Example 2. What is the probability of throwing a die two times and getting 1 in the first time and 2 in the second? The two events are not disjoint; the fact that one happened doesn't exclude the other. However they are independent: the fact that one happened tells us nothing about the other. The probability of getting 1 in the first throw is 1/6, the probability of getting 2 in the second throw is 1/6. Then (abusing notation a bit): $P(2\mid 1)= \frac{P(1 \cap 2)}{P(1)} = \frac{ \frac{1}{36}}{\frac{1}{6}}=\frac{1}{6}=P(2)$.

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You are confusing dependence with mutual-exclusivity. Two events $A$ and $B$ are independent if and only if $P(A \cap B) = P(A)P(B)$. They are disjoint if and only if $A \cap B = \emptyset$.

Consider a normally-distributed random variable $X$ with mean 0 and variance 1. Here is a pair of events for each of the four categories:

1. the events $0 < X < 1$ and $1 < X < 2$ are dependent and disjoint
2. the events $X = 0$ and $1 < X < 2$ are independent and disjoint
3. the events $0 < X < 1$ and $0 < X < 2$ are dependent and not disjoint, and
4. the events $X < 0$ and $\lvert X \rvert < 3$ are independent and not disjoint.

If events $A$ and $B$ are independent and disjoint then \begin{align} 0 &= P(A \cap B) \\\\ &= P(A)P(B) \\\\ &\implies P(A) = 0 \vee P(B) = 0. \end{align}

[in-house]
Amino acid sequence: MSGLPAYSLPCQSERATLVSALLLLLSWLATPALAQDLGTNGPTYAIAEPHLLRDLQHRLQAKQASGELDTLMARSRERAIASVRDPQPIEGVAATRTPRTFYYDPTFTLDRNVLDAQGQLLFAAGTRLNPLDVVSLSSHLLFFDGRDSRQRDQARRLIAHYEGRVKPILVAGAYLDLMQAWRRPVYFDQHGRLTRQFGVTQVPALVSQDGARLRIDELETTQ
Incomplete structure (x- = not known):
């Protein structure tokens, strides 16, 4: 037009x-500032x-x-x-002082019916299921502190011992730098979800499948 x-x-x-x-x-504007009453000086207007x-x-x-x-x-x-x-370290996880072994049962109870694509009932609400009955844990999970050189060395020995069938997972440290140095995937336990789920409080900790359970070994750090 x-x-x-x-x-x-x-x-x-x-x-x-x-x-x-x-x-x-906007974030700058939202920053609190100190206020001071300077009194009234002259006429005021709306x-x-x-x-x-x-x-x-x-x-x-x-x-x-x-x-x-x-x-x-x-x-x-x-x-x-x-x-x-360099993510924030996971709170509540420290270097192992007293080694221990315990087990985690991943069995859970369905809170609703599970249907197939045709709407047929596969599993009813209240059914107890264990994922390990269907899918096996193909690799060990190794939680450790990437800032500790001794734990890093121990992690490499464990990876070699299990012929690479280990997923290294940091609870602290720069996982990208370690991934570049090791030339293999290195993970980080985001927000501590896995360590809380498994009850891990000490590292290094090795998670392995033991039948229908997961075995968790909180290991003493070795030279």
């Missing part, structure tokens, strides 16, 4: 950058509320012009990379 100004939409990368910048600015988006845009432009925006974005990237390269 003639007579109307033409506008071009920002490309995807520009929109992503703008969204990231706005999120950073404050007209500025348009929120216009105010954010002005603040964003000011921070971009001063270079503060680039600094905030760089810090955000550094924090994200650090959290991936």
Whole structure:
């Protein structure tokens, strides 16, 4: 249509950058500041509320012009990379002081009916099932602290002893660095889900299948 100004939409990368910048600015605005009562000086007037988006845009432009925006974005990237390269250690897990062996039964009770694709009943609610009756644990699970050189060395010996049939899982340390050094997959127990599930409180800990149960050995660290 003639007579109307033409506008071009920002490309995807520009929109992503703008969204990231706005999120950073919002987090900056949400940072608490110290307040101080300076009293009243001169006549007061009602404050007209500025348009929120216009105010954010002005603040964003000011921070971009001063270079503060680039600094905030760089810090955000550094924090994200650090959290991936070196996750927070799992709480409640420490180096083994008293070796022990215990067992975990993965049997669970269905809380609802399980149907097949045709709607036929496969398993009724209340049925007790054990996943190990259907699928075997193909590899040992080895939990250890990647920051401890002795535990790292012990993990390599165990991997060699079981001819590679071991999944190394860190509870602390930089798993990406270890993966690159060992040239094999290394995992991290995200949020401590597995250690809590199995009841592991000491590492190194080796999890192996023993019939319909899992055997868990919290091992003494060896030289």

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@probabilityislogic: You don't need any limits. The standard definition of an event space always includes at least one event with no outcomes because sigma algebras must be closed under intersection. I have added an event for case 4 where neither event is certain. The definition of independence is $P(A)P(B) = P(A \cap B)$. – Neil G Mar 20 '12 at 12:09
@probabilityislogic: But the event X=0 is not "false." And, it's not the result of a limit. It's a proper event in the Borel algebra on the reals. – Neil G Mar 20 '12 at 14:19
@probabilityislogic: Of course you can observe it. Just because its probability is zero, it doesn't mean that it's impossible. en.wikipedia.org/wiki/Almost_surely – Neil G Mar 20 '12 at 15:44
@probabilityislogic: What you're doing is rederiving the concept of a sigma algebra. What you'll discover is that if you have events $X \le b$ and $X > b$, then you must have events like $X=b$ since the space of events must be closed under countable intersection since we want to be able to ask the probability of a conjunction of events. Above you wrote that "But note that so long as e>0 we will still have dependence"; the problem with this argument is that properties that hold for all terms in an infinite sequence do not necessarily hold at the limit of the sequence. – Neil G Mar 21 '12 at 5:07